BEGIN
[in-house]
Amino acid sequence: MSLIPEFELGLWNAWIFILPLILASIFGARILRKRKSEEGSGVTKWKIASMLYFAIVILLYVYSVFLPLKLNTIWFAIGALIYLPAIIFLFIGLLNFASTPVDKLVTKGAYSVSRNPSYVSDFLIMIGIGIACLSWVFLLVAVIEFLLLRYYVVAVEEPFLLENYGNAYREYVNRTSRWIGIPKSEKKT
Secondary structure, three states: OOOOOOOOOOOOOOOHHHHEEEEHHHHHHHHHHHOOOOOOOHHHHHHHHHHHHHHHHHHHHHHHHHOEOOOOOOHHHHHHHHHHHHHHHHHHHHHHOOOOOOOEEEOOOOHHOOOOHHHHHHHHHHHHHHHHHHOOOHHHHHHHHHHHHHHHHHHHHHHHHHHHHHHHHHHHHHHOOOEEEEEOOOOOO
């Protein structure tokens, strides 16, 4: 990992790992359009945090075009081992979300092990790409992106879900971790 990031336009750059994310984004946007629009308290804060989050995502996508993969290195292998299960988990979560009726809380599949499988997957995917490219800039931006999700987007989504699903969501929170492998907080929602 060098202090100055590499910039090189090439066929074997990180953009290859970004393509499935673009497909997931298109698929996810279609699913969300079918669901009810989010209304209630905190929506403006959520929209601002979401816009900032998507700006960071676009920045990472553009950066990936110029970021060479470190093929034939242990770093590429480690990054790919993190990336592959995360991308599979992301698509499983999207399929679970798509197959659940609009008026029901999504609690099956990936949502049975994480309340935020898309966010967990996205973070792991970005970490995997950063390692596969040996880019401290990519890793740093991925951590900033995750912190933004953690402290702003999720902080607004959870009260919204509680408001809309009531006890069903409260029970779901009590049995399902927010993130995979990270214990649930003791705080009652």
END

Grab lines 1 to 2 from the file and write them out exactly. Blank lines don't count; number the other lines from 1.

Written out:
[in-house]
Amino acid sequence: MSLIPEFELGLWNAWIFILPLILASIFGARILRKRKSEEGSGVTKWKIASMLYFAIVILLYVYSVFLPLKLNTIWFAIGALIYLPAIIFLFIGLLNFASTPVDKLVTKGAYSVSRNPSYVSDFLIMIGIGIACLSWVFLLVAVIEFLLLRYYVVAVEEPFLLENYGNAYREYVNRTSRWIGIPKSEKKT